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RE: [revelation-list] The Seven Thunders

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  • Jon Newton
    My research also involves interacting with Hellenistic thinking. Please tell me more about Momigliano (like where can I get hold of it?) and other good sources
    Message 1 of 11 , Mar 11, 2004
      My research also involves interacting with Hellenistic thinking. Please tell
      me more about Momigliano (like where can I get hold of it?) and other good
      sources on ancient astrology and Hellenistic thought relevant to Rev. I've
      read Malina's provocative book.

      jon Newton

      -----Original Message-----
      From: STAFF FACULTY [mailto:charles.larkin@...]
      Sent: Monday, March 08, 2004 10:00 AM
      To: revelation-list@yahoogroups.com
      Subject: Re: [revelation-list] The Seven Thunders

      Dear Keith, et al:

      I'm new to the list and appreciate my inclusion.

      I find myself approaching much of the NT from the
      background of the classics and Hellenistic philosophy,
      with due regard, of course, for the Hebrew background.

      I concur with Polycarp that the "seven thunders" imply a
      context of judgment. A Greek or Roman, on hearing of
      "thunders" would have immediately thought of the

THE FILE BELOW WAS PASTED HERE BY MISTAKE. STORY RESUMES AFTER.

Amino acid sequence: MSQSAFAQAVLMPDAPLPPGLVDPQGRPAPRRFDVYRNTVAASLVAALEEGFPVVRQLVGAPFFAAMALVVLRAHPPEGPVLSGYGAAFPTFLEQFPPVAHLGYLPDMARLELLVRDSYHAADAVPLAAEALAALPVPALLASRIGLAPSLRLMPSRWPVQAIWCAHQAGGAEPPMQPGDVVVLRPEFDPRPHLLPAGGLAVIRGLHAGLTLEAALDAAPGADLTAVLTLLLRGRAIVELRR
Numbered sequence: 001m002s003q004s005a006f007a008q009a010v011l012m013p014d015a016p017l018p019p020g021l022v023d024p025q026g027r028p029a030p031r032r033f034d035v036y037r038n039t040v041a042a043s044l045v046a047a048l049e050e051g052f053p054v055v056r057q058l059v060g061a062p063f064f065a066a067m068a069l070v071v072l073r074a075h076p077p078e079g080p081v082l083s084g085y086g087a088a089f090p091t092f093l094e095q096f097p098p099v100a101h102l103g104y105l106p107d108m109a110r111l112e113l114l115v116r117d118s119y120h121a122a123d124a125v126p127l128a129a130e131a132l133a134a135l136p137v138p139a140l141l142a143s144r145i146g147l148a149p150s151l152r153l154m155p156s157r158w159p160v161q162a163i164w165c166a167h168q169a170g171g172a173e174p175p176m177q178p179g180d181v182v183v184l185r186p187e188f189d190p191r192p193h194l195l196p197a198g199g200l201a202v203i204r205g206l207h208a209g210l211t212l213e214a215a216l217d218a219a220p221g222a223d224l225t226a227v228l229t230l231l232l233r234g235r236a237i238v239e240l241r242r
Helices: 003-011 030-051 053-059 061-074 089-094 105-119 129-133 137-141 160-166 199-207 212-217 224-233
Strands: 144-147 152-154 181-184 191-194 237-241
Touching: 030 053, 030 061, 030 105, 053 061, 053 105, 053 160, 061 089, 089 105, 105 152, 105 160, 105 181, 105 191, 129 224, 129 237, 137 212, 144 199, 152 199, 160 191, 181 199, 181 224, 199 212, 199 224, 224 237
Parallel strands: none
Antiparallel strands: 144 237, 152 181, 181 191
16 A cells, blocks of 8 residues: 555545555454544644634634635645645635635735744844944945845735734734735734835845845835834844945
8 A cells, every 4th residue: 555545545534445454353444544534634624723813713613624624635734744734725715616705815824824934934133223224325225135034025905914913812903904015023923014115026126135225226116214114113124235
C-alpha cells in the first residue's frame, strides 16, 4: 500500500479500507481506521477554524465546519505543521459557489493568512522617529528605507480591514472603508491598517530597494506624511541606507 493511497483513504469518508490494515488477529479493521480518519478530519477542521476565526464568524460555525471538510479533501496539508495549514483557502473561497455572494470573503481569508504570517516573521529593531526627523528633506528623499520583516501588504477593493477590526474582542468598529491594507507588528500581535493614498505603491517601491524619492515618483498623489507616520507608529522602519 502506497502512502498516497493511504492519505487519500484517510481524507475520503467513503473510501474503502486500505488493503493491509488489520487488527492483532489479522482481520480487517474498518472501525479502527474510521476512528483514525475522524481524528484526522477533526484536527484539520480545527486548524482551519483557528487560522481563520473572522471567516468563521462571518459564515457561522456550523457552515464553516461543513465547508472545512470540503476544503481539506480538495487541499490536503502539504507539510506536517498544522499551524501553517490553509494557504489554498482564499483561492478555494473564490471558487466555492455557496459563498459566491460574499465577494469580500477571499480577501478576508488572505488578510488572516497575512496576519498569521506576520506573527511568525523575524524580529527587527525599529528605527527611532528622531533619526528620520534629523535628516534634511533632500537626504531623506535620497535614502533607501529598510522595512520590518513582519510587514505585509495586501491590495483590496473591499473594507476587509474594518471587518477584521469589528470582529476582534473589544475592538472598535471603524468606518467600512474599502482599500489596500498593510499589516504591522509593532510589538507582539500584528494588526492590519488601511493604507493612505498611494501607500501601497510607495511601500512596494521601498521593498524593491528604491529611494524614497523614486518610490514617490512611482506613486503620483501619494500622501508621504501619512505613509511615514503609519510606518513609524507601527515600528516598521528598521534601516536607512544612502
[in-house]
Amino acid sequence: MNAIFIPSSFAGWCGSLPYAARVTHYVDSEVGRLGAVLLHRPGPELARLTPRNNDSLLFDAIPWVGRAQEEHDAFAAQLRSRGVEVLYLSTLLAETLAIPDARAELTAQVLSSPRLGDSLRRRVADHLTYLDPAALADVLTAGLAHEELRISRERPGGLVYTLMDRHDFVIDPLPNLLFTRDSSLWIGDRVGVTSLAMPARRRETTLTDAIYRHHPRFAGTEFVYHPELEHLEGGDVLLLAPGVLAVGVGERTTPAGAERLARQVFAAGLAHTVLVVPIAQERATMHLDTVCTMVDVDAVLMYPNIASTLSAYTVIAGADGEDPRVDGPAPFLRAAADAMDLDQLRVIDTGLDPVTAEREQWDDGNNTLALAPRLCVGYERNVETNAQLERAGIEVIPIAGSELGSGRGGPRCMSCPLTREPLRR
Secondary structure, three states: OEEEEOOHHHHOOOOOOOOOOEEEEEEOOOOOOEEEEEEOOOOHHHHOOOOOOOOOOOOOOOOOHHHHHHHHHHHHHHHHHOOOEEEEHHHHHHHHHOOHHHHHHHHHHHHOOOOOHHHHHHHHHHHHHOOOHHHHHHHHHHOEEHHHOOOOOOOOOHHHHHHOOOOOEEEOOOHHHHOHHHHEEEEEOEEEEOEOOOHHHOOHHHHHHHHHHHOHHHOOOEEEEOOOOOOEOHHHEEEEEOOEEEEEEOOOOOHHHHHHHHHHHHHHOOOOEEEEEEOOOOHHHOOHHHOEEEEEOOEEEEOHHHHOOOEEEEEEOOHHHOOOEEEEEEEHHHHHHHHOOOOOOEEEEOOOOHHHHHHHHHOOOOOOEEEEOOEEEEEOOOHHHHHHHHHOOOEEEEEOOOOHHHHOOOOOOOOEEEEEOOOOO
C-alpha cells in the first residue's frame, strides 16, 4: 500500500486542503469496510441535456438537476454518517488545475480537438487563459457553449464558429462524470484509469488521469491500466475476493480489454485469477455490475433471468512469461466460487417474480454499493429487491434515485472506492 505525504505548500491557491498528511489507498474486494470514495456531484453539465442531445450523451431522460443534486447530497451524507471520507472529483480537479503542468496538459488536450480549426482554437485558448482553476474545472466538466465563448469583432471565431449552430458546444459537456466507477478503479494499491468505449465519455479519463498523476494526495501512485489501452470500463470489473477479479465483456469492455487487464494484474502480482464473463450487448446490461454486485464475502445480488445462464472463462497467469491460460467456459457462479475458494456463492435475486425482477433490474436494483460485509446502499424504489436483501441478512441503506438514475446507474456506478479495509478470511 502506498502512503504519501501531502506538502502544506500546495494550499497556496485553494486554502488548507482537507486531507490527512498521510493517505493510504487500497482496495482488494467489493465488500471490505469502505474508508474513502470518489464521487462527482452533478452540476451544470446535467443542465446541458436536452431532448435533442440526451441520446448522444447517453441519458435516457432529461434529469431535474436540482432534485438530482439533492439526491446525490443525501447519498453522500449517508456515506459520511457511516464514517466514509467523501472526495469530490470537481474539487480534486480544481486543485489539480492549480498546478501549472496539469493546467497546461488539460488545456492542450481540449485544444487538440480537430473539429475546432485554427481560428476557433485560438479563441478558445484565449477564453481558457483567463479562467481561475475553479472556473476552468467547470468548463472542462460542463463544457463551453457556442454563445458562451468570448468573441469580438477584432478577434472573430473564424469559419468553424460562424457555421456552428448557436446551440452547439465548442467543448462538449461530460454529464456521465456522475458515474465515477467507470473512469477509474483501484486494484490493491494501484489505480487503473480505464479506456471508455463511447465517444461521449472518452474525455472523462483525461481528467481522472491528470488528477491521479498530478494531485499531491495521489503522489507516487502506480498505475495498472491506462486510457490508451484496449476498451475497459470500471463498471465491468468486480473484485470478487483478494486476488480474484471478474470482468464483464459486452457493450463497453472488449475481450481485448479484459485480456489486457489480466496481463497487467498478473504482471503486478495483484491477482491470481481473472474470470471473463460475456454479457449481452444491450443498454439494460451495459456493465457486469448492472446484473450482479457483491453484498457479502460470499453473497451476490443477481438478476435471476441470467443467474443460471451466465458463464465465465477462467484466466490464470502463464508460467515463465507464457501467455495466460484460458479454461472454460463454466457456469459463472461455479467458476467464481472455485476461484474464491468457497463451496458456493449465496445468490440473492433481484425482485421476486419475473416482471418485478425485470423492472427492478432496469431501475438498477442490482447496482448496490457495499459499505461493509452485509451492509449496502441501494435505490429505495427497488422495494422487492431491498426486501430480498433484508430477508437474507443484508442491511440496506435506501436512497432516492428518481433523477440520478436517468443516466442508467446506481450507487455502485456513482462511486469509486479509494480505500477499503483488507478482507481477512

thunderbolts of Zeus. That's just the way the ancients

      It is perhaps helpful to recall that John's target
      audience is Graeco-Roman and that interest in astrology
      and the movements and nature of the stars continued to
      exercise a major influence in ancient "divination". Varro,
      Cicero and Nigidius Figulus, of course, stand out as
      Rome's three major sources on matters "divine".

      In his characteristically brilliant collection of essays
      "On Pagans, Jews and Christians", A. Momigliano tells us
      that the interests of Nigidius included "occultism,
      astrology, and Persian doctrines about the ages of the
      world. He wrote on grammar, on gods, on the
      interpretation of dreams, and augurium privatum, on
      animals, men, and land, and on stars and thunders." (p.60)

      Interpreters of "Revelation" are often hindered by today's
      widespread ignorance of the Greek and Roman classics, and
      by the modern prejudice against astrological wisdom. The
      latter may be fine for us, but failing to appreciate the
      central role of astrology among the ancients is often
      fatal to understanding the meaning of their texts.

      A case in point is the figure of "the son of man" in
      Daniel which later assumes prominence in the Gospels. New
      Testament scholars engage in all kinds of contortionist
      mental gymnastics trying to derive the awkward Greek
      phrase in the New Testament from a postulated Aramaic
      original. With all due respect to Mel Gibson, the use of
      Aramaic in Hellenistic Galilee is greatly overrated. Greek
      would have been the normal language by the first century

      In any event, in astrological science, the "son of man" is
      obviously Aquarius, the only human figure among the signs
      of the Zodiac. Thus, when in the Little Apocalypses of